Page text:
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Friday, October 21, 2011
By John D. Doak, Oklahoma Insurance Commissioner
Medicare open enrollment has begun, bringing with it both the opportunity for seniors to tailor their coverage to their needs and budgets and the opportunity for dishonest people to prey upon those seniors and the taxpayers who contribute to the program.
Fraud is an issue that Medicare continually struggles to address. The federal government estimates taxpayer losses to Medicare fraud at between $60 billion and $90 billion annually.
Seniors fear fraud, and justifiably so. One Harris Poll a few years ago showed that the greatest fear for 37 percent of senior citizens was fraud – ahead of personal health crises and terrorism.
In Oklahoma, Medicare fraud is combated by the Senior Medicare Patrol here at the Oklahoma Insurance Department. The SMP department receives complaints about Medicare fraud from consumers and trains community volunteers to help their friends and neighbors identify Medicare fraud.
The Senior Medicare Patrol is necessary because we know that Medicare fraud and waste do happen in Oklahoma. Some waste is attributable to human error – a procedure is inaccurately coded into the system, or a test is accidentally billed twice. These mistakes can and should be caught and corrected.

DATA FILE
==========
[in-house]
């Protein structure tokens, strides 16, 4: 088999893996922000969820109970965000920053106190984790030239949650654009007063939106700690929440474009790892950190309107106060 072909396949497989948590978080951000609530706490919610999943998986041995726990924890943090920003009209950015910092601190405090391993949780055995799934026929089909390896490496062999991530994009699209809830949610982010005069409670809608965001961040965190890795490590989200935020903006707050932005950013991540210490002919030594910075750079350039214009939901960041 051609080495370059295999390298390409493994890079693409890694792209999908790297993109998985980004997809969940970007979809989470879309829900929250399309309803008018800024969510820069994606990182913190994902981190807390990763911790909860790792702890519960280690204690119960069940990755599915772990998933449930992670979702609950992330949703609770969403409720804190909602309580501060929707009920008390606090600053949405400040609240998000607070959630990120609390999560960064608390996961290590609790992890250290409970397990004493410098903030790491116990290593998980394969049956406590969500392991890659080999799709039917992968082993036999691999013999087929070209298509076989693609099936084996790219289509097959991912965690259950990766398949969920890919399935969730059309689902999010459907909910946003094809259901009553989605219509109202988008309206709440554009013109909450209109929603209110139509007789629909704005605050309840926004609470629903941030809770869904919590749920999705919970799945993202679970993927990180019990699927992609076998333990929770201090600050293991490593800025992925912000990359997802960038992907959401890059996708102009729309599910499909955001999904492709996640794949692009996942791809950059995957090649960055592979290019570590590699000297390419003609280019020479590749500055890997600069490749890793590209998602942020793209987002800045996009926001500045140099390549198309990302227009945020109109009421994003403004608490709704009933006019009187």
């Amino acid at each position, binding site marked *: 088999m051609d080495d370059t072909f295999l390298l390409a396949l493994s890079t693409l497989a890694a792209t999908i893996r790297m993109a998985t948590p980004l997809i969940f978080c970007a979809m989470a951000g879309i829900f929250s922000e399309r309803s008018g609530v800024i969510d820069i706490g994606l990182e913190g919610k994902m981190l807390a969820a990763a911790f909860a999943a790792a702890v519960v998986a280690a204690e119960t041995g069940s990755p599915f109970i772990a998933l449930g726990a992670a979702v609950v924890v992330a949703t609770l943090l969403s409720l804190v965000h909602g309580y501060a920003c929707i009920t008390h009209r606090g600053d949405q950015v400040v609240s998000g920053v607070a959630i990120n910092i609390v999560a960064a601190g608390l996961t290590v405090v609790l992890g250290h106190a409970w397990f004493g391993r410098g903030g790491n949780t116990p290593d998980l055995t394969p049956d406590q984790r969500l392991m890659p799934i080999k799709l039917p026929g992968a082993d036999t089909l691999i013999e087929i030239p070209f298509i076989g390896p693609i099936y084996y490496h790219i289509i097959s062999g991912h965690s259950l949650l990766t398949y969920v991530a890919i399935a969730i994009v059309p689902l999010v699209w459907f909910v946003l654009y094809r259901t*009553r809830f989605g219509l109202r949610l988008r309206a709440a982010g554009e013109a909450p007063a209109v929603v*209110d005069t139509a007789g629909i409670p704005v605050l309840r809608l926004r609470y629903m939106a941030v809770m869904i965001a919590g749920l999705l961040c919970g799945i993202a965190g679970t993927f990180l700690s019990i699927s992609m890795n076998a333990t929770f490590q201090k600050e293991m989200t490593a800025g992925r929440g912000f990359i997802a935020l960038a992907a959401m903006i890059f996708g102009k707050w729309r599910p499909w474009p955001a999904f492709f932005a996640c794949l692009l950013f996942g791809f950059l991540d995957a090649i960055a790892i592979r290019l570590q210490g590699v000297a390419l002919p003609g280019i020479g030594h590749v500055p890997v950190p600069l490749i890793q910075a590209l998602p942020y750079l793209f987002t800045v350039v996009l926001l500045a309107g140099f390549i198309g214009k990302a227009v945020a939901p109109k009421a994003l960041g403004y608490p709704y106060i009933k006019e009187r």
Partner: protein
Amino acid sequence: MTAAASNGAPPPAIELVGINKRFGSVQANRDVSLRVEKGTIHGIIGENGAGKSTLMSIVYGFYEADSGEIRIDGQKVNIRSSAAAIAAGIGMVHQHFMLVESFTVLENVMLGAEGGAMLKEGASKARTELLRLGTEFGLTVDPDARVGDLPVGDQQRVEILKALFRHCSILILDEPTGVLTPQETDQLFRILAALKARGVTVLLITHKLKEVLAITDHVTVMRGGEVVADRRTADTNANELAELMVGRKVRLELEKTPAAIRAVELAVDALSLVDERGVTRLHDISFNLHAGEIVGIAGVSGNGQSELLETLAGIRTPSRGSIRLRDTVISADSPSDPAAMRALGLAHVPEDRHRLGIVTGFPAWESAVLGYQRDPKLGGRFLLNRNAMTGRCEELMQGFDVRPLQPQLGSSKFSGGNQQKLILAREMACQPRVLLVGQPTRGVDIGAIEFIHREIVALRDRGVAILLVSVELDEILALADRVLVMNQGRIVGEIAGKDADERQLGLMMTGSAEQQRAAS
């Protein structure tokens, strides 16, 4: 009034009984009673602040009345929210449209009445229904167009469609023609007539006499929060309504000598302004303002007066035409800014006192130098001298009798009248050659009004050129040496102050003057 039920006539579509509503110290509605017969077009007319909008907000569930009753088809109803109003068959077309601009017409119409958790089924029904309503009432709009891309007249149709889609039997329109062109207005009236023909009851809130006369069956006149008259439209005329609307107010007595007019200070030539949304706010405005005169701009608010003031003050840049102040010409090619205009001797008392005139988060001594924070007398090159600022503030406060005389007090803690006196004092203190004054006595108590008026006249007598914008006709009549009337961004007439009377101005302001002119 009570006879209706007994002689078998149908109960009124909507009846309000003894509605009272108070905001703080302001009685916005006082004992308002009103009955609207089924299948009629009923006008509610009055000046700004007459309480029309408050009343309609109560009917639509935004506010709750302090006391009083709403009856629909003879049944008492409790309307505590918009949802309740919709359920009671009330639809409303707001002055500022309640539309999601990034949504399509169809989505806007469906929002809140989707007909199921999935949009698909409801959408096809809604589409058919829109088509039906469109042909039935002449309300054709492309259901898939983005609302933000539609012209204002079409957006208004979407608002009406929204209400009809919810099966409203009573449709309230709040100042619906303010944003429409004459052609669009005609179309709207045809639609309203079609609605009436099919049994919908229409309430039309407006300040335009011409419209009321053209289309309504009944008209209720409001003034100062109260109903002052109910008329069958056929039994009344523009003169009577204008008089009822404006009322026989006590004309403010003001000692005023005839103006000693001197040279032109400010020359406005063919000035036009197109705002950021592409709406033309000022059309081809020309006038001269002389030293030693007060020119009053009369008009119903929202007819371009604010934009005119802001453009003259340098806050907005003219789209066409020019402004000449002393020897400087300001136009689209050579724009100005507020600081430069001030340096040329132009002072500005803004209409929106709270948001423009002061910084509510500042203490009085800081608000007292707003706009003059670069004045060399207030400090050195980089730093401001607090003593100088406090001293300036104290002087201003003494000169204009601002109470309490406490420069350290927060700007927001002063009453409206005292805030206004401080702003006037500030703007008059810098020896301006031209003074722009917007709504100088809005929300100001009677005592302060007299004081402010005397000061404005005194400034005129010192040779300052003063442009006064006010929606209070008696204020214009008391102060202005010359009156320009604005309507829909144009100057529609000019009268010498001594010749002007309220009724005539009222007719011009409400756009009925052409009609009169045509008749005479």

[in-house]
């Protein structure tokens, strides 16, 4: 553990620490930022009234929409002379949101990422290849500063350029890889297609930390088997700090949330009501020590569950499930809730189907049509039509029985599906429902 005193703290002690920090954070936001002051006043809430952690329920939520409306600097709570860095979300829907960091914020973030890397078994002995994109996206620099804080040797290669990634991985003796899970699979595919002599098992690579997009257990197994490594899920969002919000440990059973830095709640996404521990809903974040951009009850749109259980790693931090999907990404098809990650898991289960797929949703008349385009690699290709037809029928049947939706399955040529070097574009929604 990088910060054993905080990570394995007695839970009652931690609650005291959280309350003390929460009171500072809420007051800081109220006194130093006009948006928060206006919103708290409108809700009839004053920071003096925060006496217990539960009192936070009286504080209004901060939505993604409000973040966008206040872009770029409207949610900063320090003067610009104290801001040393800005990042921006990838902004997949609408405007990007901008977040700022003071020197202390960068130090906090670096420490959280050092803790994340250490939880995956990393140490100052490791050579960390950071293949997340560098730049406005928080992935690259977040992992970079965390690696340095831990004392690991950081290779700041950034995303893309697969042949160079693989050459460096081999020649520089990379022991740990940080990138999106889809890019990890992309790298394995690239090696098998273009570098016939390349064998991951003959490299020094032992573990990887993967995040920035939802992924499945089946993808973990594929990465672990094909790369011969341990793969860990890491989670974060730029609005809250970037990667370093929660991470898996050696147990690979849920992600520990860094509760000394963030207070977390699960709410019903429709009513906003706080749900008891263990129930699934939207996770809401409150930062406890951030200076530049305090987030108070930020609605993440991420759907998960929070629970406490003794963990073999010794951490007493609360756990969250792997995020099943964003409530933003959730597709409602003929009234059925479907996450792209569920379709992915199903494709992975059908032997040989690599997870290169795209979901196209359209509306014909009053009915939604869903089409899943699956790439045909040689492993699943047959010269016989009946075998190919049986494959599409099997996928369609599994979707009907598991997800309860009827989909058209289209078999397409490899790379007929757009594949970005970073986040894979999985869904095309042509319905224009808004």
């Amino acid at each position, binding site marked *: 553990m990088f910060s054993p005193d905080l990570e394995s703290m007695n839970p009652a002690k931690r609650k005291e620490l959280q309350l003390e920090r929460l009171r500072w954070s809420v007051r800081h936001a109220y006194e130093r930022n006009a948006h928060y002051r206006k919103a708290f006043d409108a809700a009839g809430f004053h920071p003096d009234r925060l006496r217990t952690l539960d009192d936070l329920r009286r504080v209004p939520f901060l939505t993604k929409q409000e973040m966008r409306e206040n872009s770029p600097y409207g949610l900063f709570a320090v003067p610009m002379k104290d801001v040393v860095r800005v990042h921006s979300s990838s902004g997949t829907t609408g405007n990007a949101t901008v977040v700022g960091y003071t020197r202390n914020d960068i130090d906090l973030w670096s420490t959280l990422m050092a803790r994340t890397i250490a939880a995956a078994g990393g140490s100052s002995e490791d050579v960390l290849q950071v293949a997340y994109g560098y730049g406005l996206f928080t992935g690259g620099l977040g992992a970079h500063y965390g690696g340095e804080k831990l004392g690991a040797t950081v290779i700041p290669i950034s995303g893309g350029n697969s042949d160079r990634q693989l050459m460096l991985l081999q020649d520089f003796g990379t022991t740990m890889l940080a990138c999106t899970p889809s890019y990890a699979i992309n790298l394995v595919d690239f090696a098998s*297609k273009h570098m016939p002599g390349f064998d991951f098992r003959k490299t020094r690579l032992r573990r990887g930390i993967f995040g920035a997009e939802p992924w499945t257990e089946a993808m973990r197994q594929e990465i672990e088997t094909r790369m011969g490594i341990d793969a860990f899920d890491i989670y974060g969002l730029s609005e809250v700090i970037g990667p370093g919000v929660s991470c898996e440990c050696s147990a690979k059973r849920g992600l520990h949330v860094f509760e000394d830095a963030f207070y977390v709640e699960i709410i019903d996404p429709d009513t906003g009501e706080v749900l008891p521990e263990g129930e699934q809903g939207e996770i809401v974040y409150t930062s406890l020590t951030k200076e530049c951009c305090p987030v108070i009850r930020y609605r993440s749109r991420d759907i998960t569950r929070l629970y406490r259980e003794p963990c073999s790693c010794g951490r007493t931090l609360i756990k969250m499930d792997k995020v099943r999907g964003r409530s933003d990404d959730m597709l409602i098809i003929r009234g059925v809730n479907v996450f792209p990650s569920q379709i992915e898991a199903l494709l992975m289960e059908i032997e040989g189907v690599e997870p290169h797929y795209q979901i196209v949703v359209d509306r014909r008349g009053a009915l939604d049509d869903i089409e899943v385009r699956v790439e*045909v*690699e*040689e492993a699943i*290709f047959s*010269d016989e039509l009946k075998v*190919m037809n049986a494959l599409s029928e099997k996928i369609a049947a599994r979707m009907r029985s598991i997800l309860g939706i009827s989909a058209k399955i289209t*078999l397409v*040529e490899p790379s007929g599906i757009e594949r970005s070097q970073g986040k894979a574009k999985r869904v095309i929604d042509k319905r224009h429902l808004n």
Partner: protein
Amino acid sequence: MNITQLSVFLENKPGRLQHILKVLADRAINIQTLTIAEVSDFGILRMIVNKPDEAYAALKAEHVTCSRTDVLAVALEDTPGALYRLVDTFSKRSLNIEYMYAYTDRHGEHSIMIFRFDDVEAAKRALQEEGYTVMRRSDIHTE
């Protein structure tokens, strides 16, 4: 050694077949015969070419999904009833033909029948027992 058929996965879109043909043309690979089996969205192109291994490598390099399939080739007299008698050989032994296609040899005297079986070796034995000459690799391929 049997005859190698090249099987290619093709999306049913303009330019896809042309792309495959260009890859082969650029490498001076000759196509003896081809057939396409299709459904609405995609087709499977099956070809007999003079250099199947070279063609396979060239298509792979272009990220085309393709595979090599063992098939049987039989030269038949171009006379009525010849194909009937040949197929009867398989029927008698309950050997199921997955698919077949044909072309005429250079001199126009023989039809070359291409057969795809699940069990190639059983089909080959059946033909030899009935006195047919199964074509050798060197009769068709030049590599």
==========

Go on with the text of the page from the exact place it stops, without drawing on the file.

But all too often, billing problems are an intentional attempt to defraud the system. In one recent case, an Oklahoma man who operates a prosthetic-device business was indicated by a grand jury on charges that he illegally obtained nearly $5 million from Medicare and more than $600,000 from Medicaid by billing the federal health programs for beneficiaries who did not have prescriptions from licensed physicians for the prosthetics he provided. It is alleged that he submitted physician names and I.D. numbers to Medicare and Medicaid in cases where physicians had never treated the patients.
Medicare fraud can ring your phone or come knocking on your door, as well. Our SMP division reports that the most common form of Medicare fraud in Oklahoma is misrepresentation of the salesperson’s affiliation. The agent either directly states he works for Medicare or at least implies that he does. This might be in the form of a statement such as, “My name is Joe Smith and I’m calling today to help you enroll in a Medicare plan for the coming year.”
Seniors should always remember – Medicare never sells anything.
While OID’s SMP program is here to provide training and support, seniors also should be aware that they are their own first line of defense against fraud. In the words of our SMP trainers, when it comes to Medicare fraud Oklahoma’s seniors should “Protect, Detect and Report.”
Other rules of thumb:
There are very stringent guidelines for how Medicare Advantage and prescription drug plans can be marketed. If you are approached by an agent or company engaging in any of the following practices, refuse to do business with them and report the contact to the Senior Medicare Patrol.
Medicare open enrollment runs through Dec. 7 this year, and besides these tips about avoiding fraud, the Oklahoma Insurance Department can answer almost any question seniors might have about the Medicare system and the enrollment process.
To ask questions or get help enrolling in a Medicare plan for the coming year, contact our Senior Health Insurance Counseling Program (SHIP) at (800) 763-2828 or online at ship.oid.ok.gov.
For any other questions or concerns about insurance in Oklahoma, contact OID at (800) 522-0071 or online at oid.ok.gov.